Volume 12, Number 9—September 2006
Perinatal Toxoplasmosis, Northern Taiwan
To the Editor: Toxoplasmosis is caused by a protozoan parasite known as Toxoplasma gondii, which is found in animals worldwide and is readily transmitted to humans. The prevalence of T. gondii–specific immunoglobulin G (IgG) antibodies in women ranges from ≈15% in the United States (1) to ≈55% in Europe (2). Rate of transmission to a fetus in the first, second, and third trimesters is 8%, 25%, and 60%, respectively (3). The rate of congenital toxoplasmosis in the United States is 1–10 per 10,000 live births (4). Most infants infected in utero are born without obvious signs of toxoplasmosis, and learning or visual disabilities do not develop in up to 80% until their second or third decade of life (5,6).
In 1985 in Taiwan, the prevalence rates of T. gondii–specific IgG, as determined by ELISA, for pregnant women and their neonates were 10.2% and 11.6%, respectively. No samples from mothers or neonates were screened for IgM titers (7). During the past 20 years, however, the lifestyle, socioeconomic environment, and healthcare system have changed substantially in Taiwan. Overseas traveling has become more convenient, and Taiwan residents often travel to toxoplasmosis-endemic areas. The number of babies born to immigrant mothers has also recently increased in Taiwan. Our objective was to estimate the seroprevalence of perinatally transmitted T. gondii in northern Taiwan.
We tested sera collected from consecutive samples of women and their neonates (live births only) at 1 medical center, 1 local hospital, and 2 obstetric clinics in northern Taiwan from April 2004 through January 2005, which was 1 investigation of the Taiwan Birth Panel Study. Informed consent was obtained from either parent before enrollment in the study. Serum samples from cord blood of 483 neonates and paired samples from their mothers were analyzed for T. gondii–specific IgG and IgM titers by ELISA (Diagnostic Products Corporation, Los Angeles, CA, USA) (IgG sensitivity 94%, specificity 100%; IgM sensitivity 96.9%, specificity 91%) (8). Samples from the mothers were tested within 2 days of delivery. Additional data about health measures and conditions were collected by trained interviewers using structured questionnaires.
Among the study population, 93% were Taiwanese, 0.6% were Taiwanese aboriginals, 2.5% were mainland Chinese, and 3.9% were immigrants from southeastern Asia. Of the 483 mothers, 0.6% worked as farmers, 76% were 25–35 years of age, >50% had a university-level education, 77.7% encountered pets daily, and 9.7% owned cats. Of the 483 infants, the male:female ratio was 50.8:49.2, delivery was premature for 8.6%, and 5.8% had a low birthweight. For the mothers, the T. gondii–specific IgG prevalence rate was 9.1% (95% confidence interval [CI] 6.5%–11.7%), and 5 mothers (1.0%; 95% CI 0.1%–1.9%) were IgM positive. The T. gondii–specific IgG prevalence rate for the neonates was 9.3% (95% CI 6.7%–11.9%), and 1 neonate (0.2%; 95% CI 0%– 0.6%) was IgM positive (Table).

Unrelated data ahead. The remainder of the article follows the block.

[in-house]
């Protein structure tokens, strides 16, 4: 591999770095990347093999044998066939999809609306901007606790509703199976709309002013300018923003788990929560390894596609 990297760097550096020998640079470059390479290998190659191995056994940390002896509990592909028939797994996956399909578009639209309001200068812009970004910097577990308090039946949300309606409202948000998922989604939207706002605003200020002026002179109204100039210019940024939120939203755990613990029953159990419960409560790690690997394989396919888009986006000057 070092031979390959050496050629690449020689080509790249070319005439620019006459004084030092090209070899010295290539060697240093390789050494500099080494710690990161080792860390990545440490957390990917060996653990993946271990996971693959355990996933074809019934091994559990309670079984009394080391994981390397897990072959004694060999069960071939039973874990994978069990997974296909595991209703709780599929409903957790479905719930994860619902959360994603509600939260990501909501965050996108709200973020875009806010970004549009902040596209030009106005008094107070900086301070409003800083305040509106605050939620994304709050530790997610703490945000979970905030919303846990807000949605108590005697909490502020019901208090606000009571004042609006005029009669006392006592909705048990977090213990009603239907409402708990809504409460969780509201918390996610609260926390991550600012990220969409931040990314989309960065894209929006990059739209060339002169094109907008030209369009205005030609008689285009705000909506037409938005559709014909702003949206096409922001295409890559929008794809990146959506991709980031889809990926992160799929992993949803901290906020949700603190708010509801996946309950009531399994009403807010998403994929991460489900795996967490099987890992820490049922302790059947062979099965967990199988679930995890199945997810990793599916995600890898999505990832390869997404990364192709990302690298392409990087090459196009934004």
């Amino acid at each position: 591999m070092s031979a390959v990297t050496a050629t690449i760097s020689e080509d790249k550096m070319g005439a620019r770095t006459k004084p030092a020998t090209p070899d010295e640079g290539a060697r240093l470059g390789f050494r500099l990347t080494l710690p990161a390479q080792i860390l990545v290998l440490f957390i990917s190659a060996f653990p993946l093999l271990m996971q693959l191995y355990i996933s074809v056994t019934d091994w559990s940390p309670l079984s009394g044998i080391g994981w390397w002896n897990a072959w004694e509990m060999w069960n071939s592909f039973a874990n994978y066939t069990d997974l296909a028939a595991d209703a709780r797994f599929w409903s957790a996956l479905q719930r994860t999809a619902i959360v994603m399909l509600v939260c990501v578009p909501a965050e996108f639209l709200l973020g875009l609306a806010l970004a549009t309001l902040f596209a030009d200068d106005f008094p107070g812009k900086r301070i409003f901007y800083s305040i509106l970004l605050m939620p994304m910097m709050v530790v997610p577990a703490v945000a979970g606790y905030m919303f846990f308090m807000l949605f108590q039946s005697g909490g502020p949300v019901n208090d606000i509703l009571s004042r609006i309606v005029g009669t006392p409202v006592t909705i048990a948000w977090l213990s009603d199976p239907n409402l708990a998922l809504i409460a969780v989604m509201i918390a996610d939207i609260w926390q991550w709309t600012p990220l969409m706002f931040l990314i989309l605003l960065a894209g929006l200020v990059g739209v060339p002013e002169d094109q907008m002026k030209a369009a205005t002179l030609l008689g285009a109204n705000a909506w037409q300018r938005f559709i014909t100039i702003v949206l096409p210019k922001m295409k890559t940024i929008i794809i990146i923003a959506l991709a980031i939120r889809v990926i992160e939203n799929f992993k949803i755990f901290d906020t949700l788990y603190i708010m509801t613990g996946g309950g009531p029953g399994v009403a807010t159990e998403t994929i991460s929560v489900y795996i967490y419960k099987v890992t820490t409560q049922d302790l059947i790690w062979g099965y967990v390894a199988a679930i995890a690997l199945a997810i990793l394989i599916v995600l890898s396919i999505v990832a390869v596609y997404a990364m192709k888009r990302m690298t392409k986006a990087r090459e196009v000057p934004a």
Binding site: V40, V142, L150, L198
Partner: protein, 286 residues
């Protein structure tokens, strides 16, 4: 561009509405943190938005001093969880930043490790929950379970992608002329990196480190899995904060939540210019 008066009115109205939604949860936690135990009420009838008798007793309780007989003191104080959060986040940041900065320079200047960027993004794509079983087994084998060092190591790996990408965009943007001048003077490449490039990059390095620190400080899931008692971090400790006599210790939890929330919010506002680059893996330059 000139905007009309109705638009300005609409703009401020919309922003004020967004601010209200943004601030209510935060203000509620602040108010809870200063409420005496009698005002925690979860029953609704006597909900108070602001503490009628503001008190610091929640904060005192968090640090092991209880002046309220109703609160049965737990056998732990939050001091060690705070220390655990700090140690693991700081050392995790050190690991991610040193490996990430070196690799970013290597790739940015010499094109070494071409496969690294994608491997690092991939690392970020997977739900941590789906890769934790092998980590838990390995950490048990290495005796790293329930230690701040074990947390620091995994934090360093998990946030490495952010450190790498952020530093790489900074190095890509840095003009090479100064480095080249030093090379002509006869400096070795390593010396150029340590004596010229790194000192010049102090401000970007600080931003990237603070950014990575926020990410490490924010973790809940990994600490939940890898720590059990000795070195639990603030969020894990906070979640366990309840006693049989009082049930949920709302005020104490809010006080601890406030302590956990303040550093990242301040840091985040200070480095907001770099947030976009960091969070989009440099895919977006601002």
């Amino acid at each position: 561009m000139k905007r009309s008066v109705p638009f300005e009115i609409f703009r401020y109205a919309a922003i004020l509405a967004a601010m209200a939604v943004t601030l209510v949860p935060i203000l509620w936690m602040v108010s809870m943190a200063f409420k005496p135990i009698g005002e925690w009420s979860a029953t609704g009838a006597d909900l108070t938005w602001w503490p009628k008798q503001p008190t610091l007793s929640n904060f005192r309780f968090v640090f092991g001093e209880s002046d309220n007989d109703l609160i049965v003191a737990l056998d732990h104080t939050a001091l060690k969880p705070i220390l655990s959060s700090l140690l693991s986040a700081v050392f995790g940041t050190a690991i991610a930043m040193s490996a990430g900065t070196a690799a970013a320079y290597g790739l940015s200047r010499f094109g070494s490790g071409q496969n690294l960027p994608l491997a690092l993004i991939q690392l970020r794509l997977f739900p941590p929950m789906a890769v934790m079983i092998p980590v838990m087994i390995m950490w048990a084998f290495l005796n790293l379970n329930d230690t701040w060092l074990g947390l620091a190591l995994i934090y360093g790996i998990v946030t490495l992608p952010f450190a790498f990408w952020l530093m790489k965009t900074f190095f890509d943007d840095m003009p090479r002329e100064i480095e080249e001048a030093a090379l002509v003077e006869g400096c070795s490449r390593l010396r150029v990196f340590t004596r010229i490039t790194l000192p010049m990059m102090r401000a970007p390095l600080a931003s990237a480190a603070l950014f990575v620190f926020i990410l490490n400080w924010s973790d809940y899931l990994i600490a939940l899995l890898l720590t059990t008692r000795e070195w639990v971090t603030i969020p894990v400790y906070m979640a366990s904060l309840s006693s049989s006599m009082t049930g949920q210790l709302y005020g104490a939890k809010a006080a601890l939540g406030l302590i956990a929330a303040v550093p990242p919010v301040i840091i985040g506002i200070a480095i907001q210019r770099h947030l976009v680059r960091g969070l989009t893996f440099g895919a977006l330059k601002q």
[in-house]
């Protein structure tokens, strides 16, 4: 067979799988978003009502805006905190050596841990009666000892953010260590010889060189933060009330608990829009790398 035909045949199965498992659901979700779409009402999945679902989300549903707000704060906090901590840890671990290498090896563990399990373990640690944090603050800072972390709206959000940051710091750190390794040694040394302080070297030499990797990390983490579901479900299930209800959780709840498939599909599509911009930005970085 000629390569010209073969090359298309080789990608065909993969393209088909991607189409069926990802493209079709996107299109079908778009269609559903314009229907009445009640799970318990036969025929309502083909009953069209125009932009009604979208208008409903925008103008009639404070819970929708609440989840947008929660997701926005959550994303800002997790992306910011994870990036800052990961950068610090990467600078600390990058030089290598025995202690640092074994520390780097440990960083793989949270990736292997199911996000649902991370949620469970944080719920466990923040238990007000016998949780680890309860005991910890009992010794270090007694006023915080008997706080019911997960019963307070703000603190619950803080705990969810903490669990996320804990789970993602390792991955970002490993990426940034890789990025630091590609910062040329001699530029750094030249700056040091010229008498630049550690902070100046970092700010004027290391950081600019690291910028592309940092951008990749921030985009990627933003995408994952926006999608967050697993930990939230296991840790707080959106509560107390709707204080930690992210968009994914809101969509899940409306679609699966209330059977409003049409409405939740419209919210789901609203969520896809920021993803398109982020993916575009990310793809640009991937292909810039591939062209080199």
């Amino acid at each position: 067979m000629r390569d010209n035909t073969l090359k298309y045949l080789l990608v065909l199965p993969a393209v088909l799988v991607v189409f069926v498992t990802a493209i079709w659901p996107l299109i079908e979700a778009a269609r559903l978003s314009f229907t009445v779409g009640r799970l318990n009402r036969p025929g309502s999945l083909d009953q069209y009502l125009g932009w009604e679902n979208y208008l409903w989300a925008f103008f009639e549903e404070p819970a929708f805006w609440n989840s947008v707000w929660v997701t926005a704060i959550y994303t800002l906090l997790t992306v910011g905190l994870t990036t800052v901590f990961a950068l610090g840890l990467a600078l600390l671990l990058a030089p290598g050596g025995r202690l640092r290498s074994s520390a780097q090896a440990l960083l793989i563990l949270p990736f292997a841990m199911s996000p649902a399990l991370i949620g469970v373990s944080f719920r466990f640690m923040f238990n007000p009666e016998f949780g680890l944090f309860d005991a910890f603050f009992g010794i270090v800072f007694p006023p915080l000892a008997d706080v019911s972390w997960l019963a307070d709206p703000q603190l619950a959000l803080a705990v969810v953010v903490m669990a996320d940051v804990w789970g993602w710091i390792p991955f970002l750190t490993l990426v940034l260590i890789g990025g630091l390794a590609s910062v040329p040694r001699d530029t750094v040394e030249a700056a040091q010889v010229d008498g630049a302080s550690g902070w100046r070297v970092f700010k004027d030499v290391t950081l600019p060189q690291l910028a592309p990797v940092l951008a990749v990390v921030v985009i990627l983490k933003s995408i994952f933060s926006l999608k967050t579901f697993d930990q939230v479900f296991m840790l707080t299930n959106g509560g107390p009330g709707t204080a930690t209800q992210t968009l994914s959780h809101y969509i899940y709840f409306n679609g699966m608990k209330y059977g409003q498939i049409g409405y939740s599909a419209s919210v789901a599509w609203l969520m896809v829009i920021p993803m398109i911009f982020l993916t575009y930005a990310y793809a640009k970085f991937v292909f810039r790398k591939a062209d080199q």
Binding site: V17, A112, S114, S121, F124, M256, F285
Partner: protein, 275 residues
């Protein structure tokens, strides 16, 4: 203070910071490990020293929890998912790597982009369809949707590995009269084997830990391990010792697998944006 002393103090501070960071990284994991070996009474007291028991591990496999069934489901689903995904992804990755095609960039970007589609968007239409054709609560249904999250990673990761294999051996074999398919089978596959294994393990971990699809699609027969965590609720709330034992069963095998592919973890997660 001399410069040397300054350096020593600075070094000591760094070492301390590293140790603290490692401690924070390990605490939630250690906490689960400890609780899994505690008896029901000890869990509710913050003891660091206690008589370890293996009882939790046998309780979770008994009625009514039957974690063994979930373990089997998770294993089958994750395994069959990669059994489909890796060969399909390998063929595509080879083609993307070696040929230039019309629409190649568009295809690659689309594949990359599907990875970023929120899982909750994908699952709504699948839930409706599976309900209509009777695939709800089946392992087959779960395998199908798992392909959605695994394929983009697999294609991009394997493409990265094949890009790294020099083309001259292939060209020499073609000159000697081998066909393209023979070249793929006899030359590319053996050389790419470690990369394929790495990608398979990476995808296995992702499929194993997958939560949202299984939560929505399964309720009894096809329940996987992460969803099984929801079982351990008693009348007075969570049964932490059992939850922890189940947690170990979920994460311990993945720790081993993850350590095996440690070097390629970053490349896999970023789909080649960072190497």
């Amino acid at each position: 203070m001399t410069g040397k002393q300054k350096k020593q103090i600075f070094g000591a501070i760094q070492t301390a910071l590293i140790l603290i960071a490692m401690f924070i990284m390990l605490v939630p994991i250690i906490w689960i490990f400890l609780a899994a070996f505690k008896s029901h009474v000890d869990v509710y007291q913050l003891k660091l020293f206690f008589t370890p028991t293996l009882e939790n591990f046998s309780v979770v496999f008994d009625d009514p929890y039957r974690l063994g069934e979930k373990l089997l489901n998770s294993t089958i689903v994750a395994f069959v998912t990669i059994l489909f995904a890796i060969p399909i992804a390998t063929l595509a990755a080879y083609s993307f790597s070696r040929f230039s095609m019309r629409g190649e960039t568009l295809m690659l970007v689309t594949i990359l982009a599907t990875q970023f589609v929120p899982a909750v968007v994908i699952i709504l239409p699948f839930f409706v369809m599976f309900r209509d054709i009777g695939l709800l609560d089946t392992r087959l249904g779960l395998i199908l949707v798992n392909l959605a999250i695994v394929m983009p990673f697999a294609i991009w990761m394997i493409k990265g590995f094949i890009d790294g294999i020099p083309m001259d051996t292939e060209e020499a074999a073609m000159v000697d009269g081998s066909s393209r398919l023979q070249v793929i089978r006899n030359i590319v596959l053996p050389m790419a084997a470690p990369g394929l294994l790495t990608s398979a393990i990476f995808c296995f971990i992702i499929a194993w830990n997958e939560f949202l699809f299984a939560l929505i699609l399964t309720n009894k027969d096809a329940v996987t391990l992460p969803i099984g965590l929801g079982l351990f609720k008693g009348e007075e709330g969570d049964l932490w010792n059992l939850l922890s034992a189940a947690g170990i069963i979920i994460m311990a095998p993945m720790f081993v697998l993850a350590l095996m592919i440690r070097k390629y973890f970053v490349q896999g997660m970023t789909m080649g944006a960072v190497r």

We identified 2 risk factors for seropositive mothers: being from mainland People's Republic of China (odds ratio [OR] 13.42; 95% CI 1.29–19.49] and being an agricultural worker (OR 59.53; 95% CI 4.45–79.67). Incidence of positive IgG titers was higher for mothers who owned cats than for mothers who did not own cats, but not significantly higher. The neonates who had positive T. gondii–specific IgM had negative IgM results at the age of 3 months. No significant differences in gestational age, birthweight, and neurodevelopment were identified between seropositive and seronegative groups of infants.
This study showed that in northern Taiwan, seroprevalence of T. gondii among pregnant women and neonates remains low and has not substantially changed during the past 20 years. The reason for such a low incidence in Taiwan is not clear but may be attributed to differences in the lifestyle, climate, cultural differences, food habits, and to the lesser consumption of raw meat in Taiwan compared with western countries. We found that the rate for T. gondii–specific IgM is higher for mainland Chinese mothers than for Taiwanese mothers (p<0.05). In Taiwan, the percentage of immigrant mothers increased from 15.7% in 1998 to 32.1% in 2003, and the percentage of neonates born to these mothers increased from 5.1% in 1998 to 13.8% in 2004 (9). Whether the lifestyle of mothers in Taiwan with a different ethnicity will influence future T. gondii seroprevalence require further investigation. This study highlights the emerging importance of toxoplasmosis as a possible perinatal infection in Taiwan. A high index of suspicion for infectious diseases among immigrant mothers is needed (10).
This study was supported by the grants BHP-PHRC-92-4 and DOH93-HP-1702 from the Bureau of Health Promotion, Department of Health, Taiwan.
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Suggested citation for this article: Hu I-J, Chen P-C, Su F-C, Hsieh C-J, Jeng S-F, Liao H-F, et al. Perinatal toxoplasmosis, northern Taiwan [letter]. Emerg Infect Dis [serial on the Internet]. 2006 Sep [date cited]. http://dx.doi.org/10.3201/eid1209.060033